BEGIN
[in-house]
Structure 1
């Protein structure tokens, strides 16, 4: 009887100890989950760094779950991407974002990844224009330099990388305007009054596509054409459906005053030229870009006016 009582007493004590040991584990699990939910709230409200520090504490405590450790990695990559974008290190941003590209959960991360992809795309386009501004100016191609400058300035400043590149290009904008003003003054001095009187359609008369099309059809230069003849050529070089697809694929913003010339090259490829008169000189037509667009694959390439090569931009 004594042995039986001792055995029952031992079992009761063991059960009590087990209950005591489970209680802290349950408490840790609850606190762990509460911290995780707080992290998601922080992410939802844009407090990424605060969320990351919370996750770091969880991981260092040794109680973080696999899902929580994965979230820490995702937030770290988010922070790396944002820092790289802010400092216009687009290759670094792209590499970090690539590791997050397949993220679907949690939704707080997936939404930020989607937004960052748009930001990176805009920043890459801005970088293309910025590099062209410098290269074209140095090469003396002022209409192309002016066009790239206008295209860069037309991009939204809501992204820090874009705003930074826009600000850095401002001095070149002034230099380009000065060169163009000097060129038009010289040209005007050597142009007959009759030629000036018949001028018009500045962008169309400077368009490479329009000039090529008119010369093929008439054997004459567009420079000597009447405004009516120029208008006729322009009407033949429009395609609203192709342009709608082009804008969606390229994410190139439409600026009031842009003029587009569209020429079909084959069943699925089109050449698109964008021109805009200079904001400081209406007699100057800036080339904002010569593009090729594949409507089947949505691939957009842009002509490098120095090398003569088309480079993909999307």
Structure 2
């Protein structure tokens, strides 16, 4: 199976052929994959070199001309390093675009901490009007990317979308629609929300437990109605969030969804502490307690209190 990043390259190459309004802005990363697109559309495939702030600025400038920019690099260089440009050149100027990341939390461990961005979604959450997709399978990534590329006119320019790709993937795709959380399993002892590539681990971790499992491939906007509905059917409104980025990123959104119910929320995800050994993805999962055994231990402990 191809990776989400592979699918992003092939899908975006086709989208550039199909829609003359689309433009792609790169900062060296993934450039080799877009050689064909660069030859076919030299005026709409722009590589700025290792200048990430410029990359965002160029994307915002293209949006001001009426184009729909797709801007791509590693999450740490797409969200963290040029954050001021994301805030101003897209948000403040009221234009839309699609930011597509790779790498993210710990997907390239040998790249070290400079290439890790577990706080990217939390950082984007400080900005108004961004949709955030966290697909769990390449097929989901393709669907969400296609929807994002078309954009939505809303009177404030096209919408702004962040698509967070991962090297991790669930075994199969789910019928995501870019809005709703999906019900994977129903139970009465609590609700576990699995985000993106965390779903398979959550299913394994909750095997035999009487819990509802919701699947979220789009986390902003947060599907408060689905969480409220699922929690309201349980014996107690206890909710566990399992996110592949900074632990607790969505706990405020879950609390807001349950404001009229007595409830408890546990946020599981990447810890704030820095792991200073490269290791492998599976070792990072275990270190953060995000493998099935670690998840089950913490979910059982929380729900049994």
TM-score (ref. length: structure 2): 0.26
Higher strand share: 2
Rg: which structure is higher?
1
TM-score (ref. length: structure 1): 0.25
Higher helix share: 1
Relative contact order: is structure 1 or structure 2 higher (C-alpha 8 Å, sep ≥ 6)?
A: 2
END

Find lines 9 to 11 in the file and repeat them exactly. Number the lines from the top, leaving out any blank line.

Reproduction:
1
TM-score (ref. length: structure 1): 0.25
Higher helix share: 1